Thx, guys! from what I read on InnerFidelity- bass is strong suit of planars. And treble is implementation specific. And planar magnetics are said to be heavy due to magnets. Monoprice M1060 has this giant metal headband (ugly to me). HE4xx said to have emphasized treble of which I'm not big fan either. I guess I will be in the limbo until my AKG K7xx dies or some other circumstances.
When people say bass is the strong suit of planars, most people immediately think that means bass output. That's not the case, in fact my first experience with planar (t50rp), my initial impression was it had less bass output than I was used to. The reason for that was multiple factors. The major ones being, they're less efficient, and they're more accurate (bass decays quicker, which to the uninitiated seems like less output).
 
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#6
Much like was said earlier the driver type doesn't mean the headphones will be good. I own a bunch of planar and dynamic driver headphones and I will say that I prefer planar over dynamic. However I feel that my collection isn't really balanced, by that I mean I own more expensive planars over dynamic headphones. Planars tend to be more expensive in general which might explain why one would think they are better. My observation has been that planars tend to have a more refined and even response than dynamic drivers. For me though, the M1060's were ruined by ringing caused by something referred to as the "ortho wall". I've experienced this slightly with a pair of Audeze EL-8 open backs a coworker had as well.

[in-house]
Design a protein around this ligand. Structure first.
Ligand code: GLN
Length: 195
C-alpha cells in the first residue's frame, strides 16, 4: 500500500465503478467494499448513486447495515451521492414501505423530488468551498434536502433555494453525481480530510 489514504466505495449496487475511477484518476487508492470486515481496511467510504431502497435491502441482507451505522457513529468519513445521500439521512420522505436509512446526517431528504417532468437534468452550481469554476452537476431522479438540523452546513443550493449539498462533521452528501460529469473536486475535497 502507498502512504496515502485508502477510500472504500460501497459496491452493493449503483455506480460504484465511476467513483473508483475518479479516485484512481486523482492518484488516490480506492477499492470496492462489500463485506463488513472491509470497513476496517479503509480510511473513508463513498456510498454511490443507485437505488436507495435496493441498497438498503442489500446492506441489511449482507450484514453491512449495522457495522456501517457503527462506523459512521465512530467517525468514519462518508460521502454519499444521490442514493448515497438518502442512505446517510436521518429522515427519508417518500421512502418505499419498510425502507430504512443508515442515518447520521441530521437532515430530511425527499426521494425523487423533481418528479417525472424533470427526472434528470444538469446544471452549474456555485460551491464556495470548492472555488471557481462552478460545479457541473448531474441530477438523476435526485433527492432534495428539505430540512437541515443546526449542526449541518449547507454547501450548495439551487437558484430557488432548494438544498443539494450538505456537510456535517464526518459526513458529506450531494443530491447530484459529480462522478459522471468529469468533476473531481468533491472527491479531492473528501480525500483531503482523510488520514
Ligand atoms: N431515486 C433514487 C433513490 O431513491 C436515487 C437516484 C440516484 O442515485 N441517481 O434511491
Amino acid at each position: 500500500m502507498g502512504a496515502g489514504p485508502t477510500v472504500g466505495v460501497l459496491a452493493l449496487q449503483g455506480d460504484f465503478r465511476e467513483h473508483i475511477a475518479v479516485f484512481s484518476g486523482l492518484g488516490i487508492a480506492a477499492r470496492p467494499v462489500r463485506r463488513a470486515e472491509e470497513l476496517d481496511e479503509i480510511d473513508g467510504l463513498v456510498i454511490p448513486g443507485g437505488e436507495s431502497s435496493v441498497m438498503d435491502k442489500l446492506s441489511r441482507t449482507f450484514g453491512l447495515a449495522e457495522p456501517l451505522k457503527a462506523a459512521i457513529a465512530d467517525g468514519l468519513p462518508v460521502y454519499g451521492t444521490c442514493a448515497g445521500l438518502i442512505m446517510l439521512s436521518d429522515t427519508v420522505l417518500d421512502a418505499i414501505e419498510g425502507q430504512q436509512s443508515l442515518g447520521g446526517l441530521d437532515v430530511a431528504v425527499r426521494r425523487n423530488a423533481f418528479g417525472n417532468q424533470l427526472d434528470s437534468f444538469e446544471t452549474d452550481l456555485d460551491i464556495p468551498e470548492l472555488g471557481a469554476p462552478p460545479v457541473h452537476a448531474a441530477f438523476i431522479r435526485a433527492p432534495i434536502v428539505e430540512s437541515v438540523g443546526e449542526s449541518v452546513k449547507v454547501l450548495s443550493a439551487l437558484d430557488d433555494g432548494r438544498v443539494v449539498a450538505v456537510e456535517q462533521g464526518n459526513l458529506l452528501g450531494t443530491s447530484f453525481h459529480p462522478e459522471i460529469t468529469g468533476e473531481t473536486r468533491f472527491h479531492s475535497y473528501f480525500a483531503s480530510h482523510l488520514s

maxxevv

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#7
Thx, guys! from what I read on InnerFidelity- bass is strong suit of planars. And treble is implementation specific. And planar magnetics are said to be heavy due to magnets. Monoprice M1060 has this giant metal headband (ugly to me). HE4xx said to have emphasized treble of which I'm not big fan either. I guess I will be in the limbo until my AKG K7xx dies or some other circumstances.

It might be a combination of DAC and Amp used that induced the treble emphasis. Distortion sometimes comes across as "glare" to some people's ears.

Try it on a system that is measurably well powered and low in distortion, chances are its not really there. I have the HE4XX, though my system is not measured, but to my ears, its definitely not treble emphasised.
 
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#8
Try it on a system that is measurably well powered and low in distortion, chances are its not really there. I have the HE4XX, though my system is not measured, but to my ears, its definitely not treble emphasised.
I too own the HE4XX and and don't find any issue with the treble however I have heard others say the same thing. I think it's a matter of not everyone's ears are the same. More reason to hear em yourself.
 
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#9